Campus free speech bill stalls in committee

H.B. 527 would codify free speech policies for UNC System campuses, requiring a committee and giving legal recourse to victims of campus violations of free expression

Students rally for the removal of a statue of a Confederate soldier nicknamed Silent Sam on the campus of the University of North Carolina during a demonstration for its removal in Chapel Hill, North Carolina, U.S. August 22, 2017. REUTERS/Jonathan Drake

RALEIGH —— A House education committee Wednesday considered legislation to reinforce and codify free speech protections on campuses of the University of North Carolina System.

House Bill 527, titled Restore/Preserve Campus Free Speech, requires the UNC Board of Governors to develop free expression policy that states “it is not proper for any constituent institution to shield individuals from speech protected by the First Amendment, including, without limitation, ideas and opinions they find unwelcome, disagreeable, or even deeply offensive” among other provisions.

The bill was crafted with input from Lt. Gov. Dan Forest, a Republican, as he has spearheaded an effort to push back against the proliferation of “safe spaces” and “free speech zones,” as well as other practices that conservatives worry limit free speech on campus.

With a couple members not in attendance due to conflicting committee schedules, the vote on issuing a favorable report on H.B. 527 ended in stalemate along party lines, tied 6-6.

Rep. Chris Millis (R-Onslow), a primary sponsor of the bill, was unfazed by the roadblock and confident the bill will get a second chance before next week’s crossover deadline.”There’s no question that the legislation is not dead,” said Millis in an interview.

“I wanted a vote just so the public can very clearly see who stands for the First Amendment and who doesn’t, and it’s very clear. The legislation will put in place front-end checks and balances to pre-empt violations of one’s free speech rights.”

The legislation also includes provisions that require the UNC System to create an 11-member “Free Speech Committee” that will report annually to the Board of Governors on barriers to or disruptions of free speech on constituent campuses, descriptions of how those colleges are administrating disciplinary action of such infractions, and the status of maintaining administrative and institutional neutrality on controversial political and social issues.

During the hearing committee members heard from UNC General Counsel Thomas Shanahan, who shared concerns over sections of the bill that give legal recourse to those who feel the their free speech rights have been infringed, requiring payment of legal fees and damages by the university should it be found guilty of the allegation under the proposed law, as well as language that protects a person’s right to protest on campus.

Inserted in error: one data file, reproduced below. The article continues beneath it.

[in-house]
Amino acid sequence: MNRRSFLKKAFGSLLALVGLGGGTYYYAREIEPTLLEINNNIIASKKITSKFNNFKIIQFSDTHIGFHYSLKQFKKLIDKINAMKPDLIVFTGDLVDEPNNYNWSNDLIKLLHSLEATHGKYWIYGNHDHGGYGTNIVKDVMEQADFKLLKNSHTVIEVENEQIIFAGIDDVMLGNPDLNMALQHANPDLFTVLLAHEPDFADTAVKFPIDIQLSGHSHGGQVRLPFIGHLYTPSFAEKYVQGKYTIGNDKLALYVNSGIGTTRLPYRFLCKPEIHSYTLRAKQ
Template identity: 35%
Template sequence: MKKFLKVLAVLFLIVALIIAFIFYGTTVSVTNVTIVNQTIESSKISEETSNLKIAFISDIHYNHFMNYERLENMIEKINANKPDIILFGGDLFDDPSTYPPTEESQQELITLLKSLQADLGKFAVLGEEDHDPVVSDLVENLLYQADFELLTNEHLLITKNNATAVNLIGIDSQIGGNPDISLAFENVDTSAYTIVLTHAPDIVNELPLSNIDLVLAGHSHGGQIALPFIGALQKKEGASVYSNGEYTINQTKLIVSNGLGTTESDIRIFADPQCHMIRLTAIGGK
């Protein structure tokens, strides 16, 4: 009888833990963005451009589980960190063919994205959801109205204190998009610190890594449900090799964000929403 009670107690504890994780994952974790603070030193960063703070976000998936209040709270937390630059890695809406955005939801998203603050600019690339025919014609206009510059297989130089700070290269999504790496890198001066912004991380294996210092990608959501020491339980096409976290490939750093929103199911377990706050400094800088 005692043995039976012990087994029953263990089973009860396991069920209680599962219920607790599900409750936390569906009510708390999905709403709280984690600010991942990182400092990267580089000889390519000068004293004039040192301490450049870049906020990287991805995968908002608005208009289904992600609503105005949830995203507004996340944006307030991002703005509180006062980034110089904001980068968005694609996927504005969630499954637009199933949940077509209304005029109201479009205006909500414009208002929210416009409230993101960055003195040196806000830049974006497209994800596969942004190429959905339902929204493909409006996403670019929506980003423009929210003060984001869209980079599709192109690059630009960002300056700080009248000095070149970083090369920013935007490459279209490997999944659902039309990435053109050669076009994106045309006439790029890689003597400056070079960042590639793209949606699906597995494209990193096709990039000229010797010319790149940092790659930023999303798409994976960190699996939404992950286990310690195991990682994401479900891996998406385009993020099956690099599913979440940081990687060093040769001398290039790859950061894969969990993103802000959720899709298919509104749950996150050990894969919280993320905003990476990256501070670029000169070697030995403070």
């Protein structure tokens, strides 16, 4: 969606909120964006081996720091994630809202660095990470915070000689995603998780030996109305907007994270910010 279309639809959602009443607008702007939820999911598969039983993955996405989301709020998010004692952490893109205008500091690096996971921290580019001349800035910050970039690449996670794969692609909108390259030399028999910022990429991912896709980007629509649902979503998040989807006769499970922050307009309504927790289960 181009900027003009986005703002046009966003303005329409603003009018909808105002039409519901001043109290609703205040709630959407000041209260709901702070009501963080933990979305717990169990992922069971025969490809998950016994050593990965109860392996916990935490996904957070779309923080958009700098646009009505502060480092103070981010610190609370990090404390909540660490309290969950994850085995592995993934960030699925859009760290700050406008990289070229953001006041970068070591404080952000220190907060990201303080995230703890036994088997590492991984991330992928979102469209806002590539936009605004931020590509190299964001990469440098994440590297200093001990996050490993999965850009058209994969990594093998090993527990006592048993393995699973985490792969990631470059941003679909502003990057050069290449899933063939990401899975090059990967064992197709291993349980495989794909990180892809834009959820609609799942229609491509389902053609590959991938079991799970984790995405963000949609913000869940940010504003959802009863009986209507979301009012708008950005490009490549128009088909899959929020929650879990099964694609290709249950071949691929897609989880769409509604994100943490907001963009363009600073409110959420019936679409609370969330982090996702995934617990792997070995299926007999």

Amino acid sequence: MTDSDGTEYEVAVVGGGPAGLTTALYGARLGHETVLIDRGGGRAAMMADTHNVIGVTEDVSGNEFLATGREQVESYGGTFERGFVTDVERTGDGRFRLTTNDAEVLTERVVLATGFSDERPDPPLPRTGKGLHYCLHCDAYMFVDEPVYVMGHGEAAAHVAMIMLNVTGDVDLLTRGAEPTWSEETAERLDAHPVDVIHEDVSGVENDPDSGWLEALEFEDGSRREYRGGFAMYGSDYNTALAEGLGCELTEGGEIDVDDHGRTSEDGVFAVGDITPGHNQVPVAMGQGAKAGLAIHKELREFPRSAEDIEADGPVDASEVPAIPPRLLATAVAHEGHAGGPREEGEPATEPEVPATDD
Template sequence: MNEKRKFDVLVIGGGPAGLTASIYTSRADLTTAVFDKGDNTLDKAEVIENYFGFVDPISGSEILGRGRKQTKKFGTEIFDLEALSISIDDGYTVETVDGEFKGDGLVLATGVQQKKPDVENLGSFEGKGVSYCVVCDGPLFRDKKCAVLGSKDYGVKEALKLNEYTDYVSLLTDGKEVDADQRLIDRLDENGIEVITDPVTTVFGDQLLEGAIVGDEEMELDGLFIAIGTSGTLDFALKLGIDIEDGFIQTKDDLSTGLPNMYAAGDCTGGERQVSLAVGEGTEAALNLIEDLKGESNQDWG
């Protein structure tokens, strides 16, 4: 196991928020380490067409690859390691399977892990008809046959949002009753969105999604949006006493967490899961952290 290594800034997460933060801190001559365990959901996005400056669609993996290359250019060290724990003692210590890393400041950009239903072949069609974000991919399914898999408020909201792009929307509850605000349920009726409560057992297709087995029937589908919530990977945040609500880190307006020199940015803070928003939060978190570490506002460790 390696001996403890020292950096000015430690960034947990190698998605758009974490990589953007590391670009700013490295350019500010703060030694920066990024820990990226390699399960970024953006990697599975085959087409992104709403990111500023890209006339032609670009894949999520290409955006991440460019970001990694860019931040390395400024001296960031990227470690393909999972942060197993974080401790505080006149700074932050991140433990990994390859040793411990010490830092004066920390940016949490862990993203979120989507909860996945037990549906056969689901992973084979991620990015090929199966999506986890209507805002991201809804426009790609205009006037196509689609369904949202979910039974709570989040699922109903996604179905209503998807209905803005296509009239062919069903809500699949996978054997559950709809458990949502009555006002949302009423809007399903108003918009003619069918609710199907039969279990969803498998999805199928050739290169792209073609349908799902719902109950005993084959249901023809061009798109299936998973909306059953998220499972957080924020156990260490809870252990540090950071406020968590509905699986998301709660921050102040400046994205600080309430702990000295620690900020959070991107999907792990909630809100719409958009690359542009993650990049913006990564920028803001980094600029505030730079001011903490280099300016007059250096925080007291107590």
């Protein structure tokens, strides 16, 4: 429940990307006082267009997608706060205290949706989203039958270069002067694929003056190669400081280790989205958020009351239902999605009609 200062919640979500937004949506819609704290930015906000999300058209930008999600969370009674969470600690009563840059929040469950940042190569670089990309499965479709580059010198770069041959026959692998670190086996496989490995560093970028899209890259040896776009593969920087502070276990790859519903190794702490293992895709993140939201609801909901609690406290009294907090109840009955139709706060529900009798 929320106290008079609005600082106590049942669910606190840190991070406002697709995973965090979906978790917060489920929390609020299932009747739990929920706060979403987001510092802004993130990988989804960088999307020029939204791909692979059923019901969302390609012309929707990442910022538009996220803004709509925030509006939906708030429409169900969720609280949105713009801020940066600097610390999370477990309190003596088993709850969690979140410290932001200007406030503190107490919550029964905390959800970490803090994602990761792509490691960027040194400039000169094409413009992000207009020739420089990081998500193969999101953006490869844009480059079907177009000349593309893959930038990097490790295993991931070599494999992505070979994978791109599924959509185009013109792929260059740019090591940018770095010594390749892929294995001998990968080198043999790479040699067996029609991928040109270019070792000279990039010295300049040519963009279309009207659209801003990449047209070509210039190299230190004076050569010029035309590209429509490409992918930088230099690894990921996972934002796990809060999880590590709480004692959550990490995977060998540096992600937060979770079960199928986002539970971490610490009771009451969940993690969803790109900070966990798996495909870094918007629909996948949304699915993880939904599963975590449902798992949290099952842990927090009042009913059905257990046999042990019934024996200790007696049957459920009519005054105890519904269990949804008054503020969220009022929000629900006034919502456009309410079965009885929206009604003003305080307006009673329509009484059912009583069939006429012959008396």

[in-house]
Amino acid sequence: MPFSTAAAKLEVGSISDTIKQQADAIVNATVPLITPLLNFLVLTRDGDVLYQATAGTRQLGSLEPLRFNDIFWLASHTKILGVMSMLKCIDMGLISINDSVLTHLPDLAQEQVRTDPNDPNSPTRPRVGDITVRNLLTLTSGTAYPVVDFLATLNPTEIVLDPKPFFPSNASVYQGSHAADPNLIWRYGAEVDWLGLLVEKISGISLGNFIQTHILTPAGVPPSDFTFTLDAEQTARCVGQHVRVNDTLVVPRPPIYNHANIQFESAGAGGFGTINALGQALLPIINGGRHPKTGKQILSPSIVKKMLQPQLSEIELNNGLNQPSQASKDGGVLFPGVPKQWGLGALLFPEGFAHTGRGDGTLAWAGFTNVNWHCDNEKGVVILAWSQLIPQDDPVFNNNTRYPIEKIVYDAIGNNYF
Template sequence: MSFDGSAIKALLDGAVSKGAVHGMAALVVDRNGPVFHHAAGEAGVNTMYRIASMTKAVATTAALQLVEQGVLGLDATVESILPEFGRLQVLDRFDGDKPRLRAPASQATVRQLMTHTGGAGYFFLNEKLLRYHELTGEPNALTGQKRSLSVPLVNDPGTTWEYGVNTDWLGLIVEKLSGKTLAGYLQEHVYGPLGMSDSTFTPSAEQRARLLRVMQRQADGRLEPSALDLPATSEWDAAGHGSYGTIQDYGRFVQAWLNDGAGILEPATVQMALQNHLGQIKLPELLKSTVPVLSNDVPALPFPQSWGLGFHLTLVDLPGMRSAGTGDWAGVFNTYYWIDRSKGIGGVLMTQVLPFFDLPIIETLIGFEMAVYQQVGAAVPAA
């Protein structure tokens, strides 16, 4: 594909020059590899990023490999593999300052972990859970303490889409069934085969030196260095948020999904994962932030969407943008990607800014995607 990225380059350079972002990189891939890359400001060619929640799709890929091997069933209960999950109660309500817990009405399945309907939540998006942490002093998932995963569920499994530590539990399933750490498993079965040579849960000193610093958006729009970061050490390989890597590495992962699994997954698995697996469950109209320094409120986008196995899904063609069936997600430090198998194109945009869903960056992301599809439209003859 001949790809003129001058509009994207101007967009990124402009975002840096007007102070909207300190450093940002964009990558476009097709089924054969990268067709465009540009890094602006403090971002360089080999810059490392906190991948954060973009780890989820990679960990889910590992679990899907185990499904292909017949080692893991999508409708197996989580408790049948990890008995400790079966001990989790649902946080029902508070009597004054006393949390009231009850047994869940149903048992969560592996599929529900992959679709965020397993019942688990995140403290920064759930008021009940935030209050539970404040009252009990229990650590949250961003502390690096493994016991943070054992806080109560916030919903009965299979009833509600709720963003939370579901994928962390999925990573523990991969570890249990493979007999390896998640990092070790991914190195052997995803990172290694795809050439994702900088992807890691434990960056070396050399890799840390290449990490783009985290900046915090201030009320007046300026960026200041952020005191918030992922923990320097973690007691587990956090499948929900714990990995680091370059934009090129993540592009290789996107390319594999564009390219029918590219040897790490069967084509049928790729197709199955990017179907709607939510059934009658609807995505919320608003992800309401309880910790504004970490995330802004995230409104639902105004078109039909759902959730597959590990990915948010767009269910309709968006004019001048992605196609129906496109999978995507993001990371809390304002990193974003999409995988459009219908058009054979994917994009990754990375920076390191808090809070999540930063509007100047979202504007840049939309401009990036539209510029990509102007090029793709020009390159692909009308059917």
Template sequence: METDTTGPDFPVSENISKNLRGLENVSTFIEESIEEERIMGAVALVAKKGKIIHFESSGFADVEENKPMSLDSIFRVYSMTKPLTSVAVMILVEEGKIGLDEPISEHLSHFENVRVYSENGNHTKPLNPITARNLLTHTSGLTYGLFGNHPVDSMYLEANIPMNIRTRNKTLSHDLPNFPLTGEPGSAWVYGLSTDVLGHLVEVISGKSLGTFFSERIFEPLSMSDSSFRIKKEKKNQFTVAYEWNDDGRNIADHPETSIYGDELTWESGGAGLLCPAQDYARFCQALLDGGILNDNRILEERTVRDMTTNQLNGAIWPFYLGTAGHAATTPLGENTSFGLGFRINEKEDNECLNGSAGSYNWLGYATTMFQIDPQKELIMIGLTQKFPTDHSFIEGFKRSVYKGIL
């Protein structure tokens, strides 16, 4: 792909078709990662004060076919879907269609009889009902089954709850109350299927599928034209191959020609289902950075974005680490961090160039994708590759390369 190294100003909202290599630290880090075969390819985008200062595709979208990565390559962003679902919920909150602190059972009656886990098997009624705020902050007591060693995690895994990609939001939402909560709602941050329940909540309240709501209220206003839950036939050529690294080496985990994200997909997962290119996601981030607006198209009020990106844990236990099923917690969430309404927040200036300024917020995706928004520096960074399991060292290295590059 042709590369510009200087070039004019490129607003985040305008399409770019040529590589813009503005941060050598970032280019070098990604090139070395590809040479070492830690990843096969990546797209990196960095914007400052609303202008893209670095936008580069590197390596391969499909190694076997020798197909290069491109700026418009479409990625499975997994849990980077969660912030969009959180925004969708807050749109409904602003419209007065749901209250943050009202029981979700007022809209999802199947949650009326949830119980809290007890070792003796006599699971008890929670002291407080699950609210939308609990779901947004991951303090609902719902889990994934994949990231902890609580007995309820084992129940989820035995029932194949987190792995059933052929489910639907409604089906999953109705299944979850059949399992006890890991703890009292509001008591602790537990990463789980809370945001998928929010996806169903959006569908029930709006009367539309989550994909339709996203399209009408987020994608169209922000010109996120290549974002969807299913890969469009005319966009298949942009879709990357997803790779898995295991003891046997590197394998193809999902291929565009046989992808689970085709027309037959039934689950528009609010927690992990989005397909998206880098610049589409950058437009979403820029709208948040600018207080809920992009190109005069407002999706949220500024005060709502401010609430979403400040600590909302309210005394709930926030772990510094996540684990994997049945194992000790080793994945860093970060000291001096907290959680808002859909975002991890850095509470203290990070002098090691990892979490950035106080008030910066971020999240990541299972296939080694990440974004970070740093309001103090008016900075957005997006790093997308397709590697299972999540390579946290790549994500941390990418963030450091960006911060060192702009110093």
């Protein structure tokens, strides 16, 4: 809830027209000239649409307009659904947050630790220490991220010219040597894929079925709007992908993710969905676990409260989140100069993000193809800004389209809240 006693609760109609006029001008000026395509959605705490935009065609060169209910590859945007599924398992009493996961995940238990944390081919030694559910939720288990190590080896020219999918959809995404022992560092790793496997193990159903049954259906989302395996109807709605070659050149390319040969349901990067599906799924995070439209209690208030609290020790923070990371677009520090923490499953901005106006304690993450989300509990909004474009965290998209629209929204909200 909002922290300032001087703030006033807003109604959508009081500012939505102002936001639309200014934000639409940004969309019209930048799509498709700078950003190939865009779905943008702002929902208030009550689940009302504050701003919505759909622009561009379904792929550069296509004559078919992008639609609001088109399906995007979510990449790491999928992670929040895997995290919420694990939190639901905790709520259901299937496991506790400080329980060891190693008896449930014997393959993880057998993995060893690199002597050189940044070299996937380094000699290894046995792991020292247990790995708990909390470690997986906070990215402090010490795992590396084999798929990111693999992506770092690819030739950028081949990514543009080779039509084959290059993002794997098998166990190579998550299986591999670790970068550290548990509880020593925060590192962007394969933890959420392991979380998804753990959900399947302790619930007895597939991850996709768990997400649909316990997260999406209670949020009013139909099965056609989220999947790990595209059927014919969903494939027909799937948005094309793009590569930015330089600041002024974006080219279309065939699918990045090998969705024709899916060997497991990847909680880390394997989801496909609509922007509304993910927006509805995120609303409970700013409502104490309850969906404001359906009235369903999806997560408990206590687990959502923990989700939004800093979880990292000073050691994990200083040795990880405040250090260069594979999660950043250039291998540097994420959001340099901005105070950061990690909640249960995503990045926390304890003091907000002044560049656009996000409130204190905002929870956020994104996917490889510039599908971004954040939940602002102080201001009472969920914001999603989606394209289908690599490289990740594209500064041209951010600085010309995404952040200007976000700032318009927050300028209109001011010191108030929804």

“We worry that that language coupled with the cause of action would then create uncertainty and murkiness in the law where we will have protesters who have disrupted meetings and who were removed for that could sue the university claiming that they have some additional right to protest and demonstrate created by this statute,” Shanahan said.

Shanahan stated the system’s concern with frivolous lawsuits and assured the committee that the institution already enshrines speech protections in university code.

“The university has a firm and well-established commitment to freedom of expression and First Amendment principles,” said Shanahan. “It’s actually reflected in the code of the the university.”

Mike Adams, a UNC Wilmington professor of criminology and advocate for campus free speech movements, asserted in an interview that recent evidence suggests system campuses have had demonstrable issues with free speech protection despite university code.

“There are policies that we’ve had to sue to get around like Appalachian State’s that said people had a right to attend the school without being offended, intimidated, belittled or subjected to challenging speech,” said Adams. “In 2013 a woman was upset with the way they were handling her sexual assault allegations and they actually prosecuted her for criticizing them under the speech code, and that’s when it blew up in the court of public opinion. That’s when you knew something was wrong and the universities couldn’t be trusted.”

Further, Adams is encouraged by provisions of the bill that would require its explanation during freshmen orientations.

“We’ve had for a couple of years, this is fairly new thing, this micro-aggression training occurring during freshmen orientations, and that is particularly dangerous because it’s teaching kids to really go after one another and attack one another and try to assert this right to be unoffended over another person’s speech,” said Adams.

“Too frequently we refer to these people as snowflakes, but the fact of the matter is we’re producing narcissists.”Adams, who advised legislators on the crafting of the bill, is encouraged by the attention being paid to the issue by Forest and other lawmakers.

“I’m just thrilled that something is being done,” Adams said. “I mean it’s just fantastic. It actually should be an embarrassment to the system that this was necessary.”

Millis said he will work to get another hearing before crossover deadlines and believes the committee vote offered a clear dividing moment on what he considers a common-sense measure.

“I’m for diversity of thought regardless of opinions that I may or may not agree with, and this is exactly what is reflected in this legislation,” said Millis.

The bill remains in committee, having to clear it and one other before reaching the House floor. Crossover deadline for legislation to pass from one chamber to the other is next Thursday, April 27.